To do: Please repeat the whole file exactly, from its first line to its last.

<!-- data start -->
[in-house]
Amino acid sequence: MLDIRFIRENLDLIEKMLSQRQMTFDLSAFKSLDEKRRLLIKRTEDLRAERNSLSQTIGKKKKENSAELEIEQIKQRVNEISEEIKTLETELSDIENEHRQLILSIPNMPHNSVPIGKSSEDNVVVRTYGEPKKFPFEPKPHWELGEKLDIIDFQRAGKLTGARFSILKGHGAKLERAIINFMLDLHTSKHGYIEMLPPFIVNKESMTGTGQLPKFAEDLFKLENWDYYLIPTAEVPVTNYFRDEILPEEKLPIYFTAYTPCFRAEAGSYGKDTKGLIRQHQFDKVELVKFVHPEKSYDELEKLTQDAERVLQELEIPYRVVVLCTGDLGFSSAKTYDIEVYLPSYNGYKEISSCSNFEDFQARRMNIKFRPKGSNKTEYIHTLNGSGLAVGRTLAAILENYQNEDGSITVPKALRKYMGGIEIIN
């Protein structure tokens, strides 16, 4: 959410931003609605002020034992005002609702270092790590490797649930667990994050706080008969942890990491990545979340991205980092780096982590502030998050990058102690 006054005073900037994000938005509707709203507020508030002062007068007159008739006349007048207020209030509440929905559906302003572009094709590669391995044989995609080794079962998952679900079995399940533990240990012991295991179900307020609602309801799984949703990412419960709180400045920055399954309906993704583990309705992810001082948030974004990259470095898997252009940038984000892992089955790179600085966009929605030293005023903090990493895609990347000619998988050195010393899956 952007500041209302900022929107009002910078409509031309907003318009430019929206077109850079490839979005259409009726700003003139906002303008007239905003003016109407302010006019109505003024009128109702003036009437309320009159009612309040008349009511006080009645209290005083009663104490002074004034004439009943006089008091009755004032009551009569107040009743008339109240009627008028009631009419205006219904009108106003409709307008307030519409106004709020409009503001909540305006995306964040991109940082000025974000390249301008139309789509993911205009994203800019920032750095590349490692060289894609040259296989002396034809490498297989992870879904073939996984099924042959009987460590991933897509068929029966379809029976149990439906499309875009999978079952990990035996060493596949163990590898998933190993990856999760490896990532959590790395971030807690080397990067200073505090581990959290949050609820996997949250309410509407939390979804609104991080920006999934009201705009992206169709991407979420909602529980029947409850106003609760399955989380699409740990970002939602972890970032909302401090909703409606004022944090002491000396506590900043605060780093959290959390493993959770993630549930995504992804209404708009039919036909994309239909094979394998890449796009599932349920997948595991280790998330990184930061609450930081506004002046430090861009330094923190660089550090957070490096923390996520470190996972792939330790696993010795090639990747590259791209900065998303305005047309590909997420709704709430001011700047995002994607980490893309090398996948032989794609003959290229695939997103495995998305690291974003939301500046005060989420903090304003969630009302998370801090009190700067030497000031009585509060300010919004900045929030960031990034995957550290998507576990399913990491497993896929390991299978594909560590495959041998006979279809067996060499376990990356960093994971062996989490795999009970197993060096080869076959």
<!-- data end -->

[in-house]
Amino acid sequence: MLDIRFIRENLDLIEKMLSQRQMTFDLSAFKSLDEKRRLLIKRTEDLRAERNSLSQTIGKKKKENSAELEIEQIKQRVNEISEEIKTLETELSDIENEHRQLILSIPNMPHNSVPIGKSSEDNVVVRTYGEPKKFPFEPKPHWELGEKLDIIDFQRAGKLTGARFSILKGHGAKLERAIINFMLDLHTSKHGYIEMLPPFIVNKESMTGTGQLPKFAEDLFKLENWDYYLIPTAEVPVTNYFRDEILPEEKLPIYFTAYTPCFRAEAGSYGKDTKGLIRQHQFDKVELVKFVHPEKSYDELEKLTQDAERVLQELEIPYRVVVLCTGDLGFSSAKTYDIEVYLPSYNGYKEISSCSNFEDFQARRMNIKFRPKGSNKTEYIHTLNGSGLAVGRTLAAILENYQNEDGSITVPKALRKYMGGIEIIN
């Protein structure tokens, strides 16, 4: 959410931003609605002020034992005002609702270092790590490797649930667990994050706080008969942890990491990545979340991205980092780096982590502030998050990058102690 006054005073900037994000938005509707709203507020508030002062007068007159008739006349007048207020209030509440929905559906302003572009094709590669391995044989995609080794079962998952679900079995399940533990240990012991295991179900307020609602309801799984949703990412419960709180400045920055399954309906993704583990309705992810001082948030974004990259470095898997252009940038984000892992089955790179600085966009929605030293005023903090990493895609990347000619998988050195010393899956 952007500041209302900022929107009002910078409509031309907003318009430019929206077109850079490839979005259409009726700003003139906002303008007239905003003016109407302010006019109505003024009128109702003036009437309320009159009612309040008349009511006080009645209290005083009663104490002074004034004439009943006089008091009755004032009551009569107040009743008339109240009627008028009631009419205006219904009108106003409709307008307030519409106004709020409009503001909540305006995306964040991109940082000025974000390249301008139309789509993911205009994203800019920032750095590349490692060289894609040259296989002396034809490498297989992870879904073939996984099924042959009987460590991933897509068929029966379809029976149990439906499309875009999978079952990990035996060493596949163990590898998933190993990856999760490896990532959590790395971030807690080397990067200073505090581990959290949050609820996997949250309410509407939390979804609104991080920006999934009201705009992206169709991407979420909602529980029947409850106003609760399955989380699409740990970002939602972890970032909302401090909703409606004022944090002491000396506590900043605060780093959290959390493993959770993630549930995504992804209404708009039919036909994309239909094979394998890449796009599932349920997948595991280790998330990184930061609450930081506004002046430090861009330094923190660089550090957070490096923390996520470190996972792939330790696993010795090639990747590259791209900065998303305005047309590909997420709704709430001011700047995002994607980490893309090398996948032989794609003959290229695939997103495995998305690291974003939301500046005060989420903090304003969630009302998370801090009190700067030497000031009585509060300010919004900045929030960031990034995957550290998507576990399913990491497993896929390991299978594909560590495959041998006979279809067996060499376990990356960093994971062996989490795999009970197993060096080869076959």